On our way into Leh we’d passed through a couple of villages with white hilltop monasteries and lots of white stupas. We decided to head back to the furthest of these.
Thicksey is home to one of Ladakh’s biggest monasteries which tops a large rocky hill with layers upon layers of Tibetan style buildings that pretty much form a village. The main gompa of course sits at the very top. Before leaving town we saw another mask dance at Leh’s central gompa then caught a local bus, they are like small buses that run every 30 minutes and they have bugger all leg room. It took us a bit of finding at the bus station, but unlike in Delhi locals do give you help and correct information and after a bit of asking around we were pointed to the right bus.
There was just us and locals on the bus, when we thought we could see the white monastery building we asked the old man squashed in next to us and the young guy in front also joined in to help. They told us to get off the bus at the back of the monastery and walk up that was as it was a ‘shortcut’ the old man said. They even stopped the bus for us. They were right. It was an easy walk up, we arrived when the monks that open the temples were on their lunch break but it is one of the most beautiful monasteries we have seen and the view was stunning so we were quite happy to meander around the courtyard until they returned to duty.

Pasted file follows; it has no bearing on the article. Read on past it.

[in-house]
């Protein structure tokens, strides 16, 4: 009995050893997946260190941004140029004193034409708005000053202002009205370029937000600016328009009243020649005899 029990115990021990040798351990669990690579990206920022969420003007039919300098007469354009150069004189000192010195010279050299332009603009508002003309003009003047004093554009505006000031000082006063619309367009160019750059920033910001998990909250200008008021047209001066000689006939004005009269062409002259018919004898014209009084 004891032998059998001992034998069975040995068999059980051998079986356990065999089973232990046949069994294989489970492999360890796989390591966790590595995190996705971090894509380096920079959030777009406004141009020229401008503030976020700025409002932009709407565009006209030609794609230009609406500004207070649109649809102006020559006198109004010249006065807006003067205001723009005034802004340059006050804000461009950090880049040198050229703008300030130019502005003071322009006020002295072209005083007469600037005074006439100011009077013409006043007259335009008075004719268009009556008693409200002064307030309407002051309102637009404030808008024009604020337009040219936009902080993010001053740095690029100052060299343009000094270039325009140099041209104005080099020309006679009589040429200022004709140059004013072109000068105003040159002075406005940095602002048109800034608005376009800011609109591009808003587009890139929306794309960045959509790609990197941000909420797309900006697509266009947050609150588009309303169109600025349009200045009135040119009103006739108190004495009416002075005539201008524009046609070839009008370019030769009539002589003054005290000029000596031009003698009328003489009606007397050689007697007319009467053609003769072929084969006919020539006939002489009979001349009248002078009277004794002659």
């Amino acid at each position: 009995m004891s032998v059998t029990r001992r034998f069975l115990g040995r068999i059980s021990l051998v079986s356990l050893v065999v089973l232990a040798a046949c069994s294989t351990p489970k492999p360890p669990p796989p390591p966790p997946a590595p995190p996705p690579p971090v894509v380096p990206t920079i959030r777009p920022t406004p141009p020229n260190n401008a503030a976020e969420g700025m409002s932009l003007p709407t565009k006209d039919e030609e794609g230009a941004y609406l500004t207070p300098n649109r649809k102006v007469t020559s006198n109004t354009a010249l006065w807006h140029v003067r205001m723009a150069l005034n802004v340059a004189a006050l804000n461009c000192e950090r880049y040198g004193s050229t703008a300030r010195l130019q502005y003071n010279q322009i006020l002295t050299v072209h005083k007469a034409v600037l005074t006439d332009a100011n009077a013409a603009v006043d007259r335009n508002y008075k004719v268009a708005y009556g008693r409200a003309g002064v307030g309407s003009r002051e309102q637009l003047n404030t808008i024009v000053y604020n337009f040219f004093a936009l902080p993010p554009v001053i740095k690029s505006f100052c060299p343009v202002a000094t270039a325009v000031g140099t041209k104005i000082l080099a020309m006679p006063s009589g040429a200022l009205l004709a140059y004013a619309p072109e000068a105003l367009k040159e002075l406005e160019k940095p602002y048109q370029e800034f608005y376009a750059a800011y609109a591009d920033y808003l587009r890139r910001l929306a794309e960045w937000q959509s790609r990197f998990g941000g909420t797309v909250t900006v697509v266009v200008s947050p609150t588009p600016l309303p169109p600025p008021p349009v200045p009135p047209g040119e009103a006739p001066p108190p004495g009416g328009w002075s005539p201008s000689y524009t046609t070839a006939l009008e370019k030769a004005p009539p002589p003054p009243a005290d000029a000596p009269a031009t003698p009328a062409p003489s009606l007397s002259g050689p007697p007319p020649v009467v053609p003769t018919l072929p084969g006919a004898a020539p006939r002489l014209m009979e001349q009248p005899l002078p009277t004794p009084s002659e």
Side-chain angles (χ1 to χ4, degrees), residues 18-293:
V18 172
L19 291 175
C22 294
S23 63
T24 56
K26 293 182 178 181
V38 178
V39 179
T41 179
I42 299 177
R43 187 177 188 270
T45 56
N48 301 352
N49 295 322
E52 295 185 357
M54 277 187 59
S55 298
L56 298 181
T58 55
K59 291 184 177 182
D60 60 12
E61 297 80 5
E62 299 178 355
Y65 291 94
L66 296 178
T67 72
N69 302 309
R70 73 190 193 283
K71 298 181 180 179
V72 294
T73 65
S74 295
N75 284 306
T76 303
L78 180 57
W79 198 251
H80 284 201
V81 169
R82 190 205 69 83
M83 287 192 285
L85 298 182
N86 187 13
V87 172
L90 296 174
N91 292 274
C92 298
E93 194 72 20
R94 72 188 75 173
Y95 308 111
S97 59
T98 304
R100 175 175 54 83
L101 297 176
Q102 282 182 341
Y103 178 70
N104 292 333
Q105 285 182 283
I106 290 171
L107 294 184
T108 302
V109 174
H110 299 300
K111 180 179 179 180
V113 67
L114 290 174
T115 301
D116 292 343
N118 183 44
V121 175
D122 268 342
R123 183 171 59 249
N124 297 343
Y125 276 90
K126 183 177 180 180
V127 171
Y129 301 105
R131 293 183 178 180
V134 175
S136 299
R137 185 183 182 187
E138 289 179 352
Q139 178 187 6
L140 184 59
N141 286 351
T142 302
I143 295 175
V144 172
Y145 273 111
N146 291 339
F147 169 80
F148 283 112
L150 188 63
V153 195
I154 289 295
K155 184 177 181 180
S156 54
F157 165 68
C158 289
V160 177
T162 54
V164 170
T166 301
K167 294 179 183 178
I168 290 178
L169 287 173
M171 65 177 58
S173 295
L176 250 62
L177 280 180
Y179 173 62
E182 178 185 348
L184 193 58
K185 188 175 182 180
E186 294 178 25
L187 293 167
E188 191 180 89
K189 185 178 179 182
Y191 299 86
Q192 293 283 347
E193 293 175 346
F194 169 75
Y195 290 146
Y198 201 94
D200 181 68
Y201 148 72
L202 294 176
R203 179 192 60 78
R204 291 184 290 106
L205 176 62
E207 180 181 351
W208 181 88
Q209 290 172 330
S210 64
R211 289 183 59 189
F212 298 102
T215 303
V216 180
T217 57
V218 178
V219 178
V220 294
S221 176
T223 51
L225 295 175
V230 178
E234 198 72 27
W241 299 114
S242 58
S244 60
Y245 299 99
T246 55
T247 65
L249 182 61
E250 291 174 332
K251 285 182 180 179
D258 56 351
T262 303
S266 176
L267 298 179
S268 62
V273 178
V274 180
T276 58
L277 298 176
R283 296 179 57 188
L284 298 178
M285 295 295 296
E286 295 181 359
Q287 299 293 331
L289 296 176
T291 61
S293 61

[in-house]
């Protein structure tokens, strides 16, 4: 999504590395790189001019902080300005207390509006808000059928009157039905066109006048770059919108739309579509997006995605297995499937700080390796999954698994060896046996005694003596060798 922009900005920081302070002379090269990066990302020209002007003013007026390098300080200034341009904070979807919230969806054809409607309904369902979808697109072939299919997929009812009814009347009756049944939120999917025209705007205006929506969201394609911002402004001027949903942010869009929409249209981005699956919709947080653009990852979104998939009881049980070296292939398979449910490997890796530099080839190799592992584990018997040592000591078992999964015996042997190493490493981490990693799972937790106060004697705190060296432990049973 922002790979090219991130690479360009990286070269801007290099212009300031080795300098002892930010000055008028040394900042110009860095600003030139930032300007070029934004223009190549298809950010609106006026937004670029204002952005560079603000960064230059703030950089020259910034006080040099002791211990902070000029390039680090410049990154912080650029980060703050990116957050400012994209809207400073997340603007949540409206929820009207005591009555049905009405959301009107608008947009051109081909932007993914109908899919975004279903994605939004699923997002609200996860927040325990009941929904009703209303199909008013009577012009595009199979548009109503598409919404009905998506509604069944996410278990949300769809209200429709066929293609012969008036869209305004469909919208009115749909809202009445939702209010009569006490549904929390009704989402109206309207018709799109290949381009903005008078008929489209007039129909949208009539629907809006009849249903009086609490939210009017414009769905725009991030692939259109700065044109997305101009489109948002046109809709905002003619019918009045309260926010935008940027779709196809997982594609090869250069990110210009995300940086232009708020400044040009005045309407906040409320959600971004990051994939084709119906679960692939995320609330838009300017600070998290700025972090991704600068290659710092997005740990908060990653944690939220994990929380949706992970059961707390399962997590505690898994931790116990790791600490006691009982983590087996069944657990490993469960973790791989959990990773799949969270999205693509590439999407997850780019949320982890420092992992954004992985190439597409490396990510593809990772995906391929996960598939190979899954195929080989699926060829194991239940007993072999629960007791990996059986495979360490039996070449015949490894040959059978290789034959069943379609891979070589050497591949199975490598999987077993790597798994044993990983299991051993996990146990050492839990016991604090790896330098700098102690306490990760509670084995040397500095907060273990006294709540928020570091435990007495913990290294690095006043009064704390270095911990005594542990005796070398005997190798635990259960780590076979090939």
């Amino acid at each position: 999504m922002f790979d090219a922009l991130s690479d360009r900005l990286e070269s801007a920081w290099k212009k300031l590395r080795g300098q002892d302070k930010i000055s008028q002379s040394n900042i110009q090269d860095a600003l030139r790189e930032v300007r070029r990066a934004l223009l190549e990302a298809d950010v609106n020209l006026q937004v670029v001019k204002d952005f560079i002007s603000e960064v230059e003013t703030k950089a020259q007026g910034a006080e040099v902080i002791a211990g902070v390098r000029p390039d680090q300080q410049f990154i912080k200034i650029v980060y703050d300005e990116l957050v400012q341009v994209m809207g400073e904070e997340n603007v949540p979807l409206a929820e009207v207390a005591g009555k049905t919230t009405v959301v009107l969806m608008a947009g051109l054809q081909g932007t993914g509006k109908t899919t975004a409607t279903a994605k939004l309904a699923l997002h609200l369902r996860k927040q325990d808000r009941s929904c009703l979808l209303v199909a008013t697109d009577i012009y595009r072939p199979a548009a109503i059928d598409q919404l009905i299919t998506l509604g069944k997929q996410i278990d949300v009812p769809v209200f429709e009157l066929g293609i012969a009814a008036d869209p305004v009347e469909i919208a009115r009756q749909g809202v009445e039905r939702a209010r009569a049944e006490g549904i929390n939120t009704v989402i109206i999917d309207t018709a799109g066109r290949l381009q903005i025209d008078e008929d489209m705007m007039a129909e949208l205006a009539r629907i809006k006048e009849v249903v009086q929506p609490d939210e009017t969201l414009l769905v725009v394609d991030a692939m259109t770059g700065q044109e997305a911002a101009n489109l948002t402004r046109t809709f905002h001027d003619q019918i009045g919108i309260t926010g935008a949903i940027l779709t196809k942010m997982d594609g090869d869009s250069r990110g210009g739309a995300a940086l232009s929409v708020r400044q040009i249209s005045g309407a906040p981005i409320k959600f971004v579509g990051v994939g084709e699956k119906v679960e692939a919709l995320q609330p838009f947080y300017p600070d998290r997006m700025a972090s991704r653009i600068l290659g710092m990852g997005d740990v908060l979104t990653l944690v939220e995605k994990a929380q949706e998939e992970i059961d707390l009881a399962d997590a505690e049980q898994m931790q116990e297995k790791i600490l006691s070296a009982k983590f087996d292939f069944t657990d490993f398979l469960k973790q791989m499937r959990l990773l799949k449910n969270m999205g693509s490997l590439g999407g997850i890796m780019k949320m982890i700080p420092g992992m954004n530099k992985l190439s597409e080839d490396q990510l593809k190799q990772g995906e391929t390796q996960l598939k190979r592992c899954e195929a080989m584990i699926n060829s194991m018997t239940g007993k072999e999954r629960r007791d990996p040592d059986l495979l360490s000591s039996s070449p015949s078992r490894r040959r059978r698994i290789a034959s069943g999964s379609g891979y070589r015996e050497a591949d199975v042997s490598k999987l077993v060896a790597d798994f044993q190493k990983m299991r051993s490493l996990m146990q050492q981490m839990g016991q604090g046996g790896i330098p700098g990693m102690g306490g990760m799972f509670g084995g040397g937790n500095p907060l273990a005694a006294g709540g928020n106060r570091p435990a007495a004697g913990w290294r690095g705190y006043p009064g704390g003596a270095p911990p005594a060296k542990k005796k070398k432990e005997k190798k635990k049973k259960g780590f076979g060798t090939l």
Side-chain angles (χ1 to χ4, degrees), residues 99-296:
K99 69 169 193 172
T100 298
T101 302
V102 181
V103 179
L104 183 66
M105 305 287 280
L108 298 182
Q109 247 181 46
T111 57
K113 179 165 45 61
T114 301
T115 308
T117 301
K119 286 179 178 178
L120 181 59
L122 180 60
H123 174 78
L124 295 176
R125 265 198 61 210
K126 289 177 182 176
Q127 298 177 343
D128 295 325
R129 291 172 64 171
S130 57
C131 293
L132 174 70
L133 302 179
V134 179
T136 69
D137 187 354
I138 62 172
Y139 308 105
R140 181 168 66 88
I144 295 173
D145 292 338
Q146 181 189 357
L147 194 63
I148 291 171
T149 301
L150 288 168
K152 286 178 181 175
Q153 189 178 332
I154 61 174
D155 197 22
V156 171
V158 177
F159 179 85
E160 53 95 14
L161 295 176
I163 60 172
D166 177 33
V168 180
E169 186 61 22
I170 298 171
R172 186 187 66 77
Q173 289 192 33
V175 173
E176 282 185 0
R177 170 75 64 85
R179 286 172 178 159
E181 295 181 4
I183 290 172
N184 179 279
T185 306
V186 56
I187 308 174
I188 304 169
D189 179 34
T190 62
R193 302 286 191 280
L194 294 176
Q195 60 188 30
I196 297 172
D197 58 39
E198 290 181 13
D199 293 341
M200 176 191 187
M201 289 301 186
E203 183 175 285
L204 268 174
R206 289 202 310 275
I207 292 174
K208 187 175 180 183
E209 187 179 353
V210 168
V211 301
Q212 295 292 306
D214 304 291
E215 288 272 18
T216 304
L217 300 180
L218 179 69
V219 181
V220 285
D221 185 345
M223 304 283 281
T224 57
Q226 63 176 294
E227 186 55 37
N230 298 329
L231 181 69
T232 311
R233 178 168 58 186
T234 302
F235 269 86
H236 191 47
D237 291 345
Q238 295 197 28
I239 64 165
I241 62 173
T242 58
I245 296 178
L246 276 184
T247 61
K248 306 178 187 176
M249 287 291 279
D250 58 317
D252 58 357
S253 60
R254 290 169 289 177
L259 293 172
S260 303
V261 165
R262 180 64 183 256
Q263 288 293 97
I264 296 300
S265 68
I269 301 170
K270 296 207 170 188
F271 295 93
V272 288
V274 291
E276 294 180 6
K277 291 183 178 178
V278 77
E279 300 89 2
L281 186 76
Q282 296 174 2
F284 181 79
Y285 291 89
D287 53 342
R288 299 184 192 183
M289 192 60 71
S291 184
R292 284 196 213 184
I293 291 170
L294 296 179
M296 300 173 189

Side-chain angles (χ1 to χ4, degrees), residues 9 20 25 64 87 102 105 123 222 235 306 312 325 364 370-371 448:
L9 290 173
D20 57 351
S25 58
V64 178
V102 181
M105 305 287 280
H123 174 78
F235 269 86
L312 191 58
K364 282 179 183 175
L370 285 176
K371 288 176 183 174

The highlight of the monastery is a stunning 14m high sitting Buddha that was consecrated by the Dalai Lama – even he said it was one of the most beautiful he has ever seen. The temple that houses it you enter on the first floor, about level with it’s head. Lastly we visited the monastery museum which had some cool stuff in it including something like a skirt made from human bones.
We left by taking the front route down to get the visual impact of the monastery. We had a bit of a wait on the road but eventually a bus came along so we flagged it down and jumped on.